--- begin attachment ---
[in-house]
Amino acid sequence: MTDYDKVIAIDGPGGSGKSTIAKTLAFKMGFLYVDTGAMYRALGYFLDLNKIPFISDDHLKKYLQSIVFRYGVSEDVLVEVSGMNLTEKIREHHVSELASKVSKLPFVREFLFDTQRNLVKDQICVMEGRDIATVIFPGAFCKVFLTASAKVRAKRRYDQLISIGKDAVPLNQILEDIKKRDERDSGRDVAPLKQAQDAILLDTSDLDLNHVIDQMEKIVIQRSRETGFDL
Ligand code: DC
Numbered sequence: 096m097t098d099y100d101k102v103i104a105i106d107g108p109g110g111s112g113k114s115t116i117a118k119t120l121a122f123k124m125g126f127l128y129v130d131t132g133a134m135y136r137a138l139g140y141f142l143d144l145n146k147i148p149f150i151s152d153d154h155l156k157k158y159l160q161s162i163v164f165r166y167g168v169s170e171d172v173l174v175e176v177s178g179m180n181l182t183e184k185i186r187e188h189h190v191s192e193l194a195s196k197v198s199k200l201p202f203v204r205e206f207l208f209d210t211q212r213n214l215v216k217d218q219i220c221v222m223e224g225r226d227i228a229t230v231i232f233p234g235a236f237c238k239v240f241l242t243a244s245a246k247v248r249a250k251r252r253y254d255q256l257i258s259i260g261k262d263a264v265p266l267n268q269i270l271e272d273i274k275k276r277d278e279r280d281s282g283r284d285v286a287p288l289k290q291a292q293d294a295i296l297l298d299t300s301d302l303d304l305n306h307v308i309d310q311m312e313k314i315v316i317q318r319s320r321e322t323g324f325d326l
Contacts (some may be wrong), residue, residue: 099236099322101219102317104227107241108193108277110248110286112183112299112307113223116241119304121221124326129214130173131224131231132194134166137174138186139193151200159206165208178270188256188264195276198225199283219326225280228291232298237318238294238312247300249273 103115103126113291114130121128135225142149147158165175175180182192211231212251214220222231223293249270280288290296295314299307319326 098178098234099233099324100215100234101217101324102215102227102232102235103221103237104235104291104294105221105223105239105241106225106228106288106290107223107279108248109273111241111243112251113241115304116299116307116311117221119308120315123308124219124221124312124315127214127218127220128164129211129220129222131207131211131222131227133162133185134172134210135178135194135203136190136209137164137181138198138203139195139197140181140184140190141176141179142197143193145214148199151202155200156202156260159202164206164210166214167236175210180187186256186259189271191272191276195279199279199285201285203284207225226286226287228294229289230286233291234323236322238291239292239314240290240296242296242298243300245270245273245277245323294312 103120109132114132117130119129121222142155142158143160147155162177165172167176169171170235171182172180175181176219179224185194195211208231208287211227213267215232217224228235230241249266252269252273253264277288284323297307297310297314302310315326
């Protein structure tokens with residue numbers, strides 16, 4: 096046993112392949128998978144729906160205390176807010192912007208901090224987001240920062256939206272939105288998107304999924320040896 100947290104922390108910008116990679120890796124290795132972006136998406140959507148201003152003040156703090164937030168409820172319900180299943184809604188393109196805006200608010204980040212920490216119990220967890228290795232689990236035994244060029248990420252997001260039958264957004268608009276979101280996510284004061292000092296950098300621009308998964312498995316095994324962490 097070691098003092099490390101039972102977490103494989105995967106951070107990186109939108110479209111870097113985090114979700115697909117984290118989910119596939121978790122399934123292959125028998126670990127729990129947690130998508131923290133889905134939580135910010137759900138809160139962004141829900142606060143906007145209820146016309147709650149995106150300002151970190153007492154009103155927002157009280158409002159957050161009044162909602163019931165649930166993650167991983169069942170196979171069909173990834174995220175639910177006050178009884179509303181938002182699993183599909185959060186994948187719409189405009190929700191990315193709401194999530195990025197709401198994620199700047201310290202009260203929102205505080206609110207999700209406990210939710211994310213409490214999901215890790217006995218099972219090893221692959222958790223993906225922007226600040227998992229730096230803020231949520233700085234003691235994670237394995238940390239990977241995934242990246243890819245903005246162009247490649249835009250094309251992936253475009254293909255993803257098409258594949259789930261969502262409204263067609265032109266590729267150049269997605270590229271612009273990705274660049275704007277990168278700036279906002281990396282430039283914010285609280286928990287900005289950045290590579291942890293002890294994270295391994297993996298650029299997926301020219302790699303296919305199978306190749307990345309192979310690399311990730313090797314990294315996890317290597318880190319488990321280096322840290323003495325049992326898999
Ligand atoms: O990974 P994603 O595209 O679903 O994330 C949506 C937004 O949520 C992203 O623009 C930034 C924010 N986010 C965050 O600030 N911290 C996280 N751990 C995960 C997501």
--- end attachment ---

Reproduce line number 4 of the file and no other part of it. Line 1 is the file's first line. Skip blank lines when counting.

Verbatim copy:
Numbered sequence: 096m097t098d099y100d101k102v103i104a105i106d107g108p109g110g111s112g113k114s115t116i117a118k119t120l121a122f123k124m125g126f127l128y129v130d131t132g133a134m135y136r137a138l139g140y141f142l143d144l145n146k147i148p149f150i151s152d153d154h155l156k157k158y159l160q161s162i163v164f165r166y167g168v169s170e171d172v173l174v175e176v177s178g179m180n181l182t183e184k185i186r187e188h189h190v191s192e193l194a195s196k197v198s199k200l201p202f203v204r205e206f207l208f209d210t211q212r213n214l215v216k217d218q219i220c221v222m223e224g225r226d227i228a229t230v231i232f233p234g235a236f237c238k239v240f241l242t243a244s245a246k247v248r249a250k251r252r253y254d255q256l257i258s259i260g261k262d263a264v265p266l267n268q269i270l271e272d273i274k275k276r277d278e279r280d281s282g283r284d285v286a287p288l289k290q291a292q293d294a295i296l297l298d299t300s301d302l303d304l305n306h307v308i309d310q311m312e313k314i315v316i317q318r319s320r321e322t323g324f325d326l